Buying bangers isn’t for everybody but it might just make sense. You might need a cheap car quickly. Or perhaps you’re fed up with pouring money into new cars that seem to lose their value quicker than you can make the monthly payments. Continue reading
Brilliant bangers don’t have to come in packs of six, ready for the frying pan or barbeque: they can also be some of the best value motors money can buy.
Choosing a used car on a £1000 budget calls for patience, detective work and an ability to resist the lure of luxury names. You’ll also need to read between the lines and not be tempted by classic sales patter: “First to see will buy”; “One lady owner”; “Starts every time”.
A full service history, all accompanying paperwork, verified mileage – clocking can be common – are just your starting points. Check the length of the MOT, find out when the next service is due (and how much it’s likely to cost) and don’t be put off by cosmetic blemishes if the car is mechanically tip-top. After all, you’re buying it to get from A to B for the least amount of money, not cruise London’s Kings Road in head-turning style.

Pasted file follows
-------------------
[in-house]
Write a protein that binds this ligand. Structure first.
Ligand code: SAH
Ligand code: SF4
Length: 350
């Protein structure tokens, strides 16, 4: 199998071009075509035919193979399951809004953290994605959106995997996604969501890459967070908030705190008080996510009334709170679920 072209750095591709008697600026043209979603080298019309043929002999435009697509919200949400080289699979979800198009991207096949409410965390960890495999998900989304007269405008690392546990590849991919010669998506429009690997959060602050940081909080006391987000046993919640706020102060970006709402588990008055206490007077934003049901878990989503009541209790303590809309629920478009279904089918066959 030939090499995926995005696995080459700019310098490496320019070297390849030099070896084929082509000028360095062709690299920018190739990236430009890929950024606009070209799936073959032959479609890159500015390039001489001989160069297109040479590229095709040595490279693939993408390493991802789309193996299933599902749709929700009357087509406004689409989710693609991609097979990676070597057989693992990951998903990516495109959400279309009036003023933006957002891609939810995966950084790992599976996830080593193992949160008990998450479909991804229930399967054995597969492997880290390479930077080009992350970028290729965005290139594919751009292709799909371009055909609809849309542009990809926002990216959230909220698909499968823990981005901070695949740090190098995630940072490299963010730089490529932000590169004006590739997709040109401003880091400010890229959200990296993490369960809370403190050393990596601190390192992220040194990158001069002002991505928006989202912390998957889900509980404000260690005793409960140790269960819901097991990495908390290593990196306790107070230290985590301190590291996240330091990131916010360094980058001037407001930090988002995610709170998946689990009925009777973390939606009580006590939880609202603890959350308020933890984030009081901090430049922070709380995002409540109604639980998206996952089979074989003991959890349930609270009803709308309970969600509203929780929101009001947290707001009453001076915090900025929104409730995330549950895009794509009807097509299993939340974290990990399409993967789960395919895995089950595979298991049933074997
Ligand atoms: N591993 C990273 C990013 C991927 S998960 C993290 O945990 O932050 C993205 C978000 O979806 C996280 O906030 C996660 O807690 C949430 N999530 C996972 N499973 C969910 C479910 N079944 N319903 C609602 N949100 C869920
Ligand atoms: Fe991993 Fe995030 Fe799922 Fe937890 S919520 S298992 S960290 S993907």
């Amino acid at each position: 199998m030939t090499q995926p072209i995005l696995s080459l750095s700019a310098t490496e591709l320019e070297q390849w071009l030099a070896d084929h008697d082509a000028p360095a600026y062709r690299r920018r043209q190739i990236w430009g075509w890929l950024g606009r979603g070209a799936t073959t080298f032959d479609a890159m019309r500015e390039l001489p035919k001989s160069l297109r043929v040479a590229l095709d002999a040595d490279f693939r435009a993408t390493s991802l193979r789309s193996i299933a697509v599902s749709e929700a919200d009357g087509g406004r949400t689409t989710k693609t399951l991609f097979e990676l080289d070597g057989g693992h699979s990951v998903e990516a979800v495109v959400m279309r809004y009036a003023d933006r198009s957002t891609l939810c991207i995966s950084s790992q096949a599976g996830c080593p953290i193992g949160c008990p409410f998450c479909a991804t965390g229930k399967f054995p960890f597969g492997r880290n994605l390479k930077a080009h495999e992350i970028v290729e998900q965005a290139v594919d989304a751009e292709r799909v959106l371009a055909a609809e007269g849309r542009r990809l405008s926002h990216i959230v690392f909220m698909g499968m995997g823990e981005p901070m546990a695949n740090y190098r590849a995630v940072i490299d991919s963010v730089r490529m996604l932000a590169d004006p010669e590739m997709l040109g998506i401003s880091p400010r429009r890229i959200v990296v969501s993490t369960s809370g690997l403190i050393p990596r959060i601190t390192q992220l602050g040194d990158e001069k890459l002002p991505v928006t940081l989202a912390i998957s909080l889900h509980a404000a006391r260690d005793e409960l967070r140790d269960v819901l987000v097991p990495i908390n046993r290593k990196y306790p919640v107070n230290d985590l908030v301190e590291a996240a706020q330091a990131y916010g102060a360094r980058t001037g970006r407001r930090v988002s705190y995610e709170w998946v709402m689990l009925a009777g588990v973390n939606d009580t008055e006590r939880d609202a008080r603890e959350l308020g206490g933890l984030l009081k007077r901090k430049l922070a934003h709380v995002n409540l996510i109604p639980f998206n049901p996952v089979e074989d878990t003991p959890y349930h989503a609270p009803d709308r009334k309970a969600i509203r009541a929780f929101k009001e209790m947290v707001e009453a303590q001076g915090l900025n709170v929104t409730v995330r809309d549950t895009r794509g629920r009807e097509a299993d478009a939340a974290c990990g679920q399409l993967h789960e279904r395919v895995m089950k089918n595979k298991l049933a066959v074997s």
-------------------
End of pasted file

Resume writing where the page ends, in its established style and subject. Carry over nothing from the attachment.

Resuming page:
A final tip is to try to build a picture of how reliable the car is likely to be. A helpful tool is the Reliability Index, provided by Warranty Direct, a leading provider of mechanical insurance for cars. With all that in place, start hunting out any of these brilliant bangers…
Would you – should you – buy a used car for £1000? According to Glass’s, a used car valuation company, more and more of Britain’s drivers are doing exactly that. The temptation of great value for money motoring, and an ever-improving selection of second hand cars that are getting to an age where they cost around £1000 is leading to a banger boom. Continue reading